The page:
10431, s12/1983,t1/1984, 423, Deer Pass 20-1, XTO now; was Columbia Gas, Red River formation, cumulative as of August, 2011: 770,2141 bbls, listed as active, but no production for past several months, spacing 320 acres.

10910, three formations, Columbia Gas Development, Deer Pass
  • Stonewall, s1985, t1985, 463, cumulative as of August, 2011: 133,534 bbls; 320 acres
  • Birdbear, t1986, 335, cumulative: 125,031 bbls; 160 acres
  • Duperow, t1993, 57, cumulative 23,659 bbls; 160 acres
  • Total: 282,224 bbls and still listed as active, though no production for several months
11470, 504, Columbia Gas Development, Deer Pass 20-3, s1985, t1985, cumulative as of August, 2011: 726,210 bbls; Madison formation (Duperow was dry); still listed as active, though no production past few months; 160 acres

This Posting For Newbies Only -- And For Those "Numb" to News Out of the Bakken -- Bakken, North Dakota, USA

When you get to the list of reporting wells at the bottom, you can see why the activity is moving to McKenzie County (Watford City). Also, it was interesting to note that BEXP has a well in Mountrail County; I'm used to seeing BEXP in Williams County.

For newbies, in the old days (two years ago) some folks were excited with IPs greater than a 1,000. In fact, I kept a list of all wells with IPs greater than a 1,000. But that got old, and then I only kept track of those with IPs greater than 2,000. Now I've pretty much quit that. If oil companies want to get IPs with 2,000 the first time around, they can.

And check out that BR "Eco-Pad" in the list below; three of four wells reported.

Finally, there are "no" dry wells in the Bakken.

Now, to the exciting news for the last day of September:

First of all, we are back to all-time high of active rigs in North Dakota today: 201

Second, we are on track for 1,840 permits for 2011.  Huge.

Third, on Friday, 23 wells completed were reported by NDIC; and five more came off the confidential list, and four of those reported IPS. Altogether, 27 wells reported IPs on Friday, September 30, 2011. And, best of all, I am not aware of any other press report, blog, mainstream media, etc., that reported this remarkable day. I guess everyone thinks "ho-hum." Something tells me elsewhere will get around to this eventually. Everybody was more interested in man-camp controversy. I can hardly wait for the 3rd quarter earnings reports.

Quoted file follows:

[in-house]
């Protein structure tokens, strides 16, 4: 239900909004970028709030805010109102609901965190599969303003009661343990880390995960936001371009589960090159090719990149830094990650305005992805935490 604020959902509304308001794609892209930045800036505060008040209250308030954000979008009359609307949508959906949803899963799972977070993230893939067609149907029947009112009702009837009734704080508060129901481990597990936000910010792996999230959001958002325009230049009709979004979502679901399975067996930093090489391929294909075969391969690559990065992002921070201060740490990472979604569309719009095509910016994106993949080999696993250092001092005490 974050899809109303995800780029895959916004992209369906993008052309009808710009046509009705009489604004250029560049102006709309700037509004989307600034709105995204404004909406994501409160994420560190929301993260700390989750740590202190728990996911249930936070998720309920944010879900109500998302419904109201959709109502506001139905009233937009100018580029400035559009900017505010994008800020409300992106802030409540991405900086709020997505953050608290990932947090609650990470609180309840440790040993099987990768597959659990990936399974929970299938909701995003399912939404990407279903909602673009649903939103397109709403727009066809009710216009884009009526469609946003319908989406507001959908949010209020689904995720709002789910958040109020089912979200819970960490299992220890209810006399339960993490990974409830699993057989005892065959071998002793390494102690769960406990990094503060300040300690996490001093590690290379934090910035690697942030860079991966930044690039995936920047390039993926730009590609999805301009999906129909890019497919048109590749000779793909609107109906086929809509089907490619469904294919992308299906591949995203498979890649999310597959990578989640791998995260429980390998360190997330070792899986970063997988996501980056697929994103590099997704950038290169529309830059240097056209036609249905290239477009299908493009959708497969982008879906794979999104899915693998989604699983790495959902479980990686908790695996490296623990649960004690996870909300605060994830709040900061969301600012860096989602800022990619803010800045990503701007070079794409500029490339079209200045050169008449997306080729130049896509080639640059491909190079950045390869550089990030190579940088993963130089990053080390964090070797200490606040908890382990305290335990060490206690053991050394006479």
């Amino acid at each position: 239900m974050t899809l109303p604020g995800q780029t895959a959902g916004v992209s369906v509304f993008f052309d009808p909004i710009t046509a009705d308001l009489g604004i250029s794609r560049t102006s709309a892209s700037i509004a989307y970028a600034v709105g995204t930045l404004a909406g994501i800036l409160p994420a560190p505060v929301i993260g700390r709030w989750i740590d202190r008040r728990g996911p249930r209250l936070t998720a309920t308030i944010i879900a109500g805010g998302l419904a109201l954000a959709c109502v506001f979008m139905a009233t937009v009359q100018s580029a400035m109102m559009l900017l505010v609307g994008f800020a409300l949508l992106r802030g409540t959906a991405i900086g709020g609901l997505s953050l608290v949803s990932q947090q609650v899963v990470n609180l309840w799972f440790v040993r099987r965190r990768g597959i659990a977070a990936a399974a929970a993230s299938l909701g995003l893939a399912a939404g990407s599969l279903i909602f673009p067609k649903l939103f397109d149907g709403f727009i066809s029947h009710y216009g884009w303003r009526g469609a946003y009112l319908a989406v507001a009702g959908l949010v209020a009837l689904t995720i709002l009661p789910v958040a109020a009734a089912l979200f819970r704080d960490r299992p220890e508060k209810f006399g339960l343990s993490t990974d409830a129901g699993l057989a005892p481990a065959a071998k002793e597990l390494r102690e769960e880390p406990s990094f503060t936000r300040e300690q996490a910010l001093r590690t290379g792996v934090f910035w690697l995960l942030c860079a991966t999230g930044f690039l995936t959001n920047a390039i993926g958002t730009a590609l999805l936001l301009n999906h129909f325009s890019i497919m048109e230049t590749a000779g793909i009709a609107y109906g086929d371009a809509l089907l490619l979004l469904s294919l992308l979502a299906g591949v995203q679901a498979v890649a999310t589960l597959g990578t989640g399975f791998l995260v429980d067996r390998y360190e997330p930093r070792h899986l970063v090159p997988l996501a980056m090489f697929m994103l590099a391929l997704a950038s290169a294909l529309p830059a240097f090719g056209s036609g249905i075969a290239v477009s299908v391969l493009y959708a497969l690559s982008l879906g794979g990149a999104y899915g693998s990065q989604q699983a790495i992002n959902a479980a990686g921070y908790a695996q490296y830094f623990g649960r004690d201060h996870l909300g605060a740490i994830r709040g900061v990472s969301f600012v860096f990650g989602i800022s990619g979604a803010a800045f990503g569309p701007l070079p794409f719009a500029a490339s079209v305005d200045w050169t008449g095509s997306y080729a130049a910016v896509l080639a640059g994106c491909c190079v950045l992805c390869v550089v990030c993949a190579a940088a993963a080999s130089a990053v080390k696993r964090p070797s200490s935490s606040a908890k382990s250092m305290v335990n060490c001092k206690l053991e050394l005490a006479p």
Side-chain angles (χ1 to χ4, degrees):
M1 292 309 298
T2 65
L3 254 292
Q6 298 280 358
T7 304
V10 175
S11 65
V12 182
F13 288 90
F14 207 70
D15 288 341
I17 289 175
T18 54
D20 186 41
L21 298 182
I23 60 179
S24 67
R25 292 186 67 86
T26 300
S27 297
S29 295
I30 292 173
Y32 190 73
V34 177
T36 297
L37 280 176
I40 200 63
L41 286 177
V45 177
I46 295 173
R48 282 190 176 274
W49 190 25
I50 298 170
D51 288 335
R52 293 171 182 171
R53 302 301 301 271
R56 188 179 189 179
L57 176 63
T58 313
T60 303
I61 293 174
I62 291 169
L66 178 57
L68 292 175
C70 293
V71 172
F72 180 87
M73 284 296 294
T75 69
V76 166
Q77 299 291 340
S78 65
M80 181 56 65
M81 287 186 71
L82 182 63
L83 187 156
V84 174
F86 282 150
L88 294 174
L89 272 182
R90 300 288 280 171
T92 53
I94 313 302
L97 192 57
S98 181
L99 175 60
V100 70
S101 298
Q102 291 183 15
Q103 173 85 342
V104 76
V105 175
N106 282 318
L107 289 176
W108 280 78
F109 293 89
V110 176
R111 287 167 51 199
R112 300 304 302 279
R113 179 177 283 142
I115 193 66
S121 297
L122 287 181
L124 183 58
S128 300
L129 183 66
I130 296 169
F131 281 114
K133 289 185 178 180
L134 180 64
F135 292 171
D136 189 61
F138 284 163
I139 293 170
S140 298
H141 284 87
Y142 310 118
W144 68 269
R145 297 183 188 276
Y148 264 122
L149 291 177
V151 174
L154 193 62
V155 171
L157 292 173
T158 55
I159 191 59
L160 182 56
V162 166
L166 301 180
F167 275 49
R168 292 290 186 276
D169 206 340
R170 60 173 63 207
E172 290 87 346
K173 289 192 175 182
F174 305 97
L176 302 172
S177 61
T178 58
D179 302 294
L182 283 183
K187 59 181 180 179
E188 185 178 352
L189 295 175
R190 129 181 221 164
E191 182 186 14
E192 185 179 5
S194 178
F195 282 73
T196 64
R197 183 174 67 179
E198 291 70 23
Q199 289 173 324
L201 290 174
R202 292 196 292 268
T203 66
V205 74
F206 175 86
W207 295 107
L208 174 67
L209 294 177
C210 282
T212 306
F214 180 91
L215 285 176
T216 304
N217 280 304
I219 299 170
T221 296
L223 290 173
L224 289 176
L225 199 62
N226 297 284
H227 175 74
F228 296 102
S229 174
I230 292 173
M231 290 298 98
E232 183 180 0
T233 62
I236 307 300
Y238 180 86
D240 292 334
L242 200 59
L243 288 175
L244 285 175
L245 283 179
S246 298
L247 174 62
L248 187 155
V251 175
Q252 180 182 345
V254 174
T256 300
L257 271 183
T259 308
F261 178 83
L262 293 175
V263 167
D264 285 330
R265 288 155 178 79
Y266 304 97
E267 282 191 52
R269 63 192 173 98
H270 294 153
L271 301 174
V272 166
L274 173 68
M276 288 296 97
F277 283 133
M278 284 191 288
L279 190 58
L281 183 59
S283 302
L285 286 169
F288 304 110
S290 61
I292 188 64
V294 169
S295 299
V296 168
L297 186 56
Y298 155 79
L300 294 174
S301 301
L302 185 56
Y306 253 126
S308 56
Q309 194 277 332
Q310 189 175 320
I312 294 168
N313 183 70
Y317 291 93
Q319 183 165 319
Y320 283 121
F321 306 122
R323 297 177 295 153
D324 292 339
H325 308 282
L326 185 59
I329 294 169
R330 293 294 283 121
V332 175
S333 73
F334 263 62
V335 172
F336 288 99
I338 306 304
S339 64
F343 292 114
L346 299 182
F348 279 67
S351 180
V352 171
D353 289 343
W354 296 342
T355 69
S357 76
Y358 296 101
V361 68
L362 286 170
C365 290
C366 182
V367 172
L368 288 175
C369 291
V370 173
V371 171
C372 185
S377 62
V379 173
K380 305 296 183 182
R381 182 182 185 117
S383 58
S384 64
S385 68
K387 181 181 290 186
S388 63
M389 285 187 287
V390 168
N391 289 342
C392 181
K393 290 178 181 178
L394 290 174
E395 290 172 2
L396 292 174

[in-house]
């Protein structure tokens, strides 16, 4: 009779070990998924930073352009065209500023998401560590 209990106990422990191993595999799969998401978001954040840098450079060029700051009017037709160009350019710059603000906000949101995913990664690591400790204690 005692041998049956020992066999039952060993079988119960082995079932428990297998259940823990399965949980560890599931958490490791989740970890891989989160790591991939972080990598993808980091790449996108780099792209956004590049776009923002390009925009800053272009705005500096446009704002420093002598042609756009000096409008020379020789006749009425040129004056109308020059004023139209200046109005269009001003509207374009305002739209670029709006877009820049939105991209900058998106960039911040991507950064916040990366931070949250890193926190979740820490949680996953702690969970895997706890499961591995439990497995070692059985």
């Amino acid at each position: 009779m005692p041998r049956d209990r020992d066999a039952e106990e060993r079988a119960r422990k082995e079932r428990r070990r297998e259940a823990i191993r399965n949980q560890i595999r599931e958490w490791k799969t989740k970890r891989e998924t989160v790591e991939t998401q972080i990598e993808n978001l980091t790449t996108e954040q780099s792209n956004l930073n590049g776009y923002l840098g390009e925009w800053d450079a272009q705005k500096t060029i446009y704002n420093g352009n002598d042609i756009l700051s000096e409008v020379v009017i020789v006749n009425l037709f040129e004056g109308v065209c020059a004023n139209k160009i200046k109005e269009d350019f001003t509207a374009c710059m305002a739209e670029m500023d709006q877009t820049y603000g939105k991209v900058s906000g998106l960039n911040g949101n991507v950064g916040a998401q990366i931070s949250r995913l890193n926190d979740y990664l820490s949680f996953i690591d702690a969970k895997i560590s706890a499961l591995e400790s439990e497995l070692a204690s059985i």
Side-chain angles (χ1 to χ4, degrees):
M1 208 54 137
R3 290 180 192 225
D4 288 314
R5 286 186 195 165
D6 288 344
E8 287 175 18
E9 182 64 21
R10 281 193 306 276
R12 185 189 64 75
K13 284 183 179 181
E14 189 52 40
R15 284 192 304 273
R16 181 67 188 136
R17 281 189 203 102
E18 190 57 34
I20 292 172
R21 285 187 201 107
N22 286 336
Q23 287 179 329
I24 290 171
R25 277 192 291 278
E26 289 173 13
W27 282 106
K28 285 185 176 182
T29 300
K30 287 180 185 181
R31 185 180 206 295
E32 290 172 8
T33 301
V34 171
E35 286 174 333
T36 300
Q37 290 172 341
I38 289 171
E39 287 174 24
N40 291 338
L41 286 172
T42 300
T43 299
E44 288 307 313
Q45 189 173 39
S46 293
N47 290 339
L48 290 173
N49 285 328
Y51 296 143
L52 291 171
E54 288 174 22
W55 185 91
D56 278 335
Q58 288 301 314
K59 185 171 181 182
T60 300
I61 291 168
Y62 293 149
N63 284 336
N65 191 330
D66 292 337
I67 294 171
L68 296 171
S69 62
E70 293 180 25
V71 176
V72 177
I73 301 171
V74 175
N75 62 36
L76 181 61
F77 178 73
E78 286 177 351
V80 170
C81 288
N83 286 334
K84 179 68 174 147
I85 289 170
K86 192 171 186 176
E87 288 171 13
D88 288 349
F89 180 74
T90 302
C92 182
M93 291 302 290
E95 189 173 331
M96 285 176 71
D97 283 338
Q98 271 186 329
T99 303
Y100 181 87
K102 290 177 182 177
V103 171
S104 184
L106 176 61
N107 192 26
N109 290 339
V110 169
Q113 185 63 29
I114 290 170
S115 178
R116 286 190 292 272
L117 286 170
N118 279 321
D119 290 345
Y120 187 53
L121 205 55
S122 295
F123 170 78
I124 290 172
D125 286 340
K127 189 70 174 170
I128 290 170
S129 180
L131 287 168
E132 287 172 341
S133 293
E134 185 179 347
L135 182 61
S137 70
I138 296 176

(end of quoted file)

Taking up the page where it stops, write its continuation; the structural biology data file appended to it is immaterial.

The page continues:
But here are just some of the 27. First of all, Burlington Resources, one of the first to use horizontal fracking in the Bakken (remember Meridian?), reported several phenomenal wells, and I don't recall BR ever being accused of inflating their numbers. BR is one of the more conservative operators in the Bakken. Here are the BR wells reported a couple of days ago:
  • 18687, 667, BR, LP Keene 14-35H, Dunn
  • 19282, 1,346, BR, Rising Sun 11-1MBH, McKenzie -- same pad as one below, 1 of 4 wells on pad
  • 19283, 1,524, BR, Sunline 11-1MB -- same pad as one above, one of four wells on same pad
  • 19286, 1,464, BR, Sunline 11-1TFH -- same pad as one above, one of four wells on same pad
  • 19487, 2,108, BR, Cleetwood 11-27H, McKenzie
  • 19690, 2,884, BR, Mazama 44-21H, McKenzie
  • 19775, 2,645, BR, Patton 31-1H, Dunn
  • 19883, 1,603, BR, Abercrombie 44-12H, McKenzie
Others of note:
  • 17859, 827, Petro-Hunt, McKenzie
  • 19540, 2,032, Murex, Vanessa Abigail 33-28H, Williams
  • 19554, 1,933, BEXP, Hovde 33-4 1H, McKenzie
  • 19672, 1,185, Murex, Virginia Leigh 33-28H, Williams
  • 19996, 1,148, Slawson, Alamo 2-19-18H, Mountrail
  • 20337, 2,089, Whiting, Johnson 31-4H, McKenzie
  • 20338, 980, BEXP, Pladson 4-9 1H, Mountrail
  • 20891, 1,167, EOG, Clarks creek 12-0719H, McKenzie